Market points to strength in consumer goods for '84 but not in capital outlays
News about the economy seems uniformly favorable. But if, as many economists and investors believe, the ups and downs of the stock market foreshadow the ups and downs of the economy, then the 1984 economy may look like this:
* Great for the makers and retailers of consumer products, and the investors who hold those stocks.
* Not so great for the builders of more complex gear such as computers, oil equipment, and machine parts needed to sustain industry in the future.
The Commerce Department last week reported that the nation's gross national product grew at a strong 7.9 percent annual rate in the third quarter. Most of the country's leading economists expect inflation to remain in the 5 percent range and interest rates to stay near their current level.
At the same time, however, a number of stock market analysts note increased apprehension by investors about the strength of technology and capital-goods issues. For weeks, while the market continued its 14-month-old uptrend, there has been growing divergence between the safe, expensive (some say ''dull'') stocks and the more glamorous, lower-capitalization stocks.
''It's like the generals advancing and the infantry staying behind,'' says E.F. Hutton analyst Newton D. Zinder. ''The prior rally has been narrowly based and the broad market has not been catching up.''
This divergence has been an underlying weakness in the market. When poor quarterly earnings were announced by Digital Equipment Corporation and American Telephone & Telegraph last week, the market tumbled. Even though it recovered toward the end of the week (the Dow Jones industrial average closed Friday at 1249.09, down 14.43 points for the week), confidence in high-tech stocks seemed severely shaken.
Projecting the current market movement into the future, analysts say they expect a flight of investment capital into relatively safer consumer-oriented issues. These would do well as the economy strengthened but would not be vulnerable to the sorts of problems high-tech has (excess valuation due to last year's buying spree and intense marketplace competition).
''We think it's a good idea to be more defensive,'' says Harry W. Laubscher, chief technical analyst at the Paine, Webber, Jackson & Curtis brokerage firm. ''The maturity of the bull market is a bit more along than many people realize.''
Mr. Laubscher says he expects the market's general movement between now and Thanksgiving to ''have a bias to the downside.'' It will be mid-December or later before the market rallies again, he says. Therefore blue chips in the areas of food, insurance, retail stores, and utility companies are becoming more popular.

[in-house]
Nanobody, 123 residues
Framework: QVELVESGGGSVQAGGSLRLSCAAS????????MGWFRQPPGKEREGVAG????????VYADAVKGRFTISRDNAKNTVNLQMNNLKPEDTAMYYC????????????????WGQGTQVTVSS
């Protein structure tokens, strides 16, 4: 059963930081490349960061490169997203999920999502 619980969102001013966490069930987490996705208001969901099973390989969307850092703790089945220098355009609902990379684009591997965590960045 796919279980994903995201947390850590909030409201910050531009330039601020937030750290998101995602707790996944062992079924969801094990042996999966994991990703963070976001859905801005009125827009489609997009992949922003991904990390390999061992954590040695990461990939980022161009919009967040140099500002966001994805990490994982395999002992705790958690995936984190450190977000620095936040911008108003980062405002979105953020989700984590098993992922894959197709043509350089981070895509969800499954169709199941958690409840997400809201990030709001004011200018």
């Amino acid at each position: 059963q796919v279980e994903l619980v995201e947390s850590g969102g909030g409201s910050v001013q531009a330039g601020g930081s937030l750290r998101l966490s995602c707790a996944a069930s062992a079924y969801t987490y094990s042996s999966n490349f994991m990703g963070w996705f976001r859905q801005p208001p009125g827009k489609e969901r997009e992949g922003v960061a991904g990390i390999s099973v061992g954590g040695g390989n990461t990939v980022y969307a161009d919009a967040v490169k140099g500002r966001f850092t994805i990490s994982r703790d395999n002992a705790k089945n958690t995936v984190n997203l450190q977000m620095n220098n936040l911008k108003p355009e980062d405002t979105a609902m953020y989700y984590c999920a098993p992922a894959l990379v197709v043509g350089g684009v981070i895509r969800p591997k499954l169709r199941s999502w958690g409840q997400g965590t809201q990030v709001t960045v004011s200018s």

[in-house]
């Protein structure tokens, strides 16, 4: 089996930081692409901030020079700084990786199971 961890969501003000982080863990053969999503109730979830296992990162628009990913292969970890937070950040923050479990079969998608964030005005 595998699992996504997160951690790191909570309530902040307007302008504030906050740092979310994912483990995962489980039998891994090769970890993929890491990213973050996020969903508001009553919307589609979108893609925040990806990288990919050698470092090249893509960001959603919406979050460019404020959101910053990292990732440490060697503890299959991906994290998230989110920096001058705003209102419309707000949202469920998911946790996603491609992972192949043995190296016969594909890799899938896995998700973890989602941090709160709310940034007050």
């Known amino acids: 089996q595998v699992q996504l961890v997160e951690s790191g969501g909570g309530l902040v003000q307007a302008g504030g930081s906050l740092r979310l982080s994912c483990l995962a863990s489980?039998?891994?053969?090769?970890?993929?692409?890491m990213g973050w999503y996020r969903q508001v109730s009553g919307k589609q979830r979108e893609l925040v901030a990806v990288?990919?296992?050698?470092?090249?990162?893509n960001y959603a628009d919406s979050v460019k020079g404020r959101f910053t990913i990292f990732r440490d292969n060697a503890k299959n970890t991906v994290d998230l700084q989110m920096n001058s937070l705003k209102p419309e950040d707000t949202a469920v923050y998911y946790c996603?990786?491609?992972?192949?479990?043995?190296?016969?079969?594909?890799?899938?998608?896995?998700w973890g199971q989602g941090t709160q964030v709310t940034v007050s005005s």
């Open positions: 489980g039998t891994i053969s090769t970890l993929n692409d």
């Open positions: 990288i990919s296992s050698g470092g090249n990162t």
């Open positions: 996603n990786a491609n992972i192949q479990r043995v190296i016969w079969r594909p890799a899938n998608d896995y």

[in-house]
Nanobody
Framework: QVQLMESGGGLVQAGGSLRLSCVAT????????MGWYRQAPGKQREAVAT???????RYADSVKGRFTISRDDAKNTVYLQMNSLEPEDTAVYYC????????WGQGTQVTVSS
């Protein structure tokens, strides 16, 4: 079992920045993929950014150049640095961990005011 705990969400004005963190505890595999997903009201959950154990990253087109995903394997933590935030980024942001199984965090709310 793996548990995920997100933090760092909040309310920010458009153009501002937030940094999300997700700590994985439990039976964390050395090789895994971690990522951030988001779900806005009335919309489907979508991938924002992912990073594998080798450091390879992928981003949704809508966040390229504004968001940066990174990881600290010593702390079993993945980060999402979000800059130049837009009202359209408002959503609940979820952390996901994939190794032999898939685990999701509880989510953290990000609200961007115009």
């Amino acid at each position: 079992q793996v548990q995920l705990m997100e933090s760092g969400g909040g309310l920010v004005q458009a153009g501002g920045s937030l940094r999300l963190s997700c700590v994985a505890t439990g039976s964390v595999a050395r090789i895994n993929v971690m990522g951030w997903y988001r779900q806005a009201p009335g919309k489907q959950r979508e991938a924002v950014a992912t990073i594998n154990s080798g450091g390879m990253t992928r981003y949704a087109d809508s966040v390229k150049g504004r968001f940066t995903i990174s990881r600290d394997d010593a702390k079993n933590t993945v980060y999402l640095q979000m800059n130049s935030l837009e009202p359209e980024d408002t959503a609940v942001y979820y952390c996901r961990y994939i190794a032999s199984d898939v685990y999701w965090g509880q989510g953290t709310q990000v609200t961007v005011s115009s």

Many of such big-capitalization consumer stocks are historically undervalued, says E.F. Hutton's Mr. Zinder. They haven't increased significantly in price since 1974. The ''hotshot, high-tech stocks,'' Zinder adds, were fast moving last year, but ''they can be fast-moving in both directions, as we're seeing now.''
William E. Raftery, a technical analyst at Smith Barney, Harris Upham, believes the ''earnings fiascos'' of Digital and AT&T - plus others that are anticipated - have brought about ''a healthy skepticism.'' Mr. Raftery says this happened none too soon: The bullishness of the Dow had just been confirmed by the record height of the Dow Jones transportation index when the bad news from Digital and AT&T sobered the investment community.
Raftery expects the market in the next few months to produce ''a do-nothing Dow,'' and he says 1984 should be a period of strength for the same consumer disinflationary stocks as his counterparts at Paine, Webber and E.F. Hutton expect.
Much of the interest in consumer stocks comes from a reading of buyer confidence. Despite high interest rates, they have been bolstered by the decrease in unemployment, low level of inflation, and overall altitude of the stock market. A recent University of Michigan survey noted consumer confidence at a 10-year high.
''The Christmas of 1983,'' notes David D. Hale, chief economist at Chicago's Kemper Financial Services, ''will be the first since 1980 not occurring against a background of recession.''
Because of high interest rates, however, market analysts continue to be pessimistic about capital-goods stocks. Although a classic economic recovery cycle should see capital spending kick in next year, there is concern that industries may not be able to finance improvements to plant and equipment. Mr. Zinder says simply: ''Capital spending is a laggard. In this recovery we won't have it.''
Paine Webber's Laubscher agrees that capital spending will be tough. But he notes that ''as time goes by, machinery simply wears out. People found that out with automobiles. Even with high interest rates you have to buy a new one after five or six years.''
Thus he believes the bull market will end in 1985 and expects capital spending to occur - but to be modest and later than usual. He recommends investing in aluminum, machinery, paper, and chemicals in moments when they have weakened on the market.